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"Poverty is fucking expensive"

America's working poor need more help than government is giving them, says Linda Tirado
America's working poor need more help than government is giving them, says Linda Tirado
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A year ago, Linda Tirado was working as a cook in an IHOP. And in a couple of weeks, her first book will be released, complete with a foreword from Barbara Ehrenreich and a blurb from Matt Taibbi.

Tirado grew up middle-class, but a series of events including a car crash and a flood sent her into a life of fast food jobs, living in motel rooms, and dealing with major dental problems. She wrote about her experience in a Gawker comment thread, and that rant became a viral essay called "Poverty Thoughts." She also became controversial when people questioned her credibility, based on her middle-class upbringing, combined with her revelation that her essay in part was based on "observations" and not entirely her own experience of living in low-income America.

Tirado has spun her essay out into a full-length book, "Hand to Mouth," which will be released next week. Tirado spoke to Vox about her past struggles to make ends meet and the challenges of dealing with viral fame.

DK: You have a chapter in your book titled "Poverty is Fucking Expensive." Explain what you mean by that.

LT: You're assuming that when you're wealthy you can go buy things when they're in bulk. Because it's the question of startup capital, really: if you can spend your money up front in the right places wisely, then you'll save money in the long term. But if you're constantly struggling just to kind of patch it up and make ends meet, you're taking whatever the most convenient option is, which is inherently going to be more expensive.

A wealthy person can just afford to take [a broken car] to a decent mechanic and make a good repair. A poor person is going to jury-rig that thing with literal baling wire and duct tape, and it's going to do more harm to the car in the long term.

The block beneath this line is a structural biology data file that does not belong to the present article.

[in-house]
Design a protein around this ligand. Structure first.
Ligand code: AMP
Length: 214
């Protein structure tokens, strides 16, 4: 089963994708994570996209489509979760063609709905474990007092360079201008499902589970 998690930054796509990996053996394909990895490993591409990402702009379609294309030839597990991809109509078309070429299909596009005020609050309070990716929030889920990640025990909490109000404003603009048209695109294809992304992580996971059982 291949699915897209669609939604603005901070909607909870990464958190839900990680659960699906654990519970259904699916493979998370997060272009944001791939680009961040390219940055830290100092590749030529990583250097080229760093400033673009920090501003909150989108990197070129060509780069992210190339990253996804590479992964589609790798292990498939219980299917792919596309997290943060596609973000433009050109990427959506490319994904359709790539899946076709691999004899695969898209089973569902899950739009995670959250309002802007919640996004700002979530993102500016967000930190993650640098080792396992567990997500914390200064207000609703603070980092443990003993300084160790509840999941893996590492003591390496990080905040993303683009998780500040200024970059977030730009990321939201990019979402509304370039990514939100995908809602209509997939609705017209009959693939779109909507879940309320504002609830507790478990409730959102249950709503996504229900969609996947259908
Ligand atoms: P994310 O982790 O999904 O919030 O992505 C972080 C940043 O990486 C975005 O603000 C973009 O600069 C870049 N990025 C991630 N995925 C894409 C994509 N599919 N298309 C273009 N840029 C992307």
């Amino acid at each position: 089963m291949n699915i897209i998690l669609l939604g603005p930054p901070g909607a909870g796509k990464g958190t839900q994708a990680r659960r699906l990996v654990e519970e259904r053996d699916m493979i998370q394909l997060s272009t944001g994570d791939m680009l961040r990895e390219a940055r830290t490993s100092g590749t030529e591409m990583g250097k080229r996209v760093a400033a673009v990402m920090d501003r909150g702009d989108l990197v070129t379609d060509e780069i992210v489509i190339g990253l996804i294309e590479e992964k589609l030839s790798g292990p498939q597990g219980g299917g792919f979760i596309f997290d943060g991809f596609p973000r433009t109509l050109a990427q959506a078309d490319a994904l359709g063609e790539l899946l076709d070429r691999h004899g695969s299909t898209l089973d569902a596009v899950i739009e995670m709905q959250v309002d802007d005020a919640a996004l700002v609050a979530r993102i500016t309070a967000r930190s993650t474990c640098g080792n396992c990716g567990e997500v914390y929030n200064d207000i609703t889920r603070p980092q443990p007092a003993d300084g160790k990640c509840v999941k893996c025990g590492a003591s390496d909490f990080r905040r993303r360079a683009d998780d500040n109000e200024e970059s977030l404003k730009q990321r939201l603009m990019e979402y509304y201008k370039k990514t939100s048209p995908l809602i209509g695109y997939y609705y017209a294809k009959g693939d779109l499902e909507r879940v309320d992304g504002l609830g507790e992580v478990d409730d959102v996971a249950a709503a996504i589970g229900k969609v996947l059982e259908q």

DK: You've come a long way since then, and your book is already getting a good amount of buzz. Do you fear forgetting where you came from, so to speak?

They gave me a book deal, and I wrote a book, and now I'm a published author. It looks very different from here than working at Burger King.

With that said, I don't think you can unlearn some of these lessons. nor do I think you can take the class off that much.

I don't think we have to worry about me deciding that bon-bons are the coolest thing in the world and I'm just going to sit on my happy ass and eat those. Because I literally have been really uncomfortable for the last few months because I don't have a wage-earning job. And I don't know what that means that I do for a living.

DK: So what do you think of things like Paul Ryan's proposal to fight poverty — the one with Opportunity Grants and life plans?

LT: I think that Paul Ryan is studying extreme generational poverty, where people might need things like that. And [his ideas] might actually be helpful. I know people that that would be a helpful thing for. Is that the majority of the people that I know that are on assistance? Absolutely not.

I mean, most of us have jobs. We already have jobs. The trouble is that the jobs don't pay enough to pay our bills. That's why we qualify for food stamps. The majority of people on food stamps work. The majority of people on welfare have jobs, so having us write a life plan about how we're going to get a job is counterproductive and a waste of my time.

DK: You write that it would be great to get poor Americans more engaged in politics. How do we as a nation do that — or is even asking that question missing the point?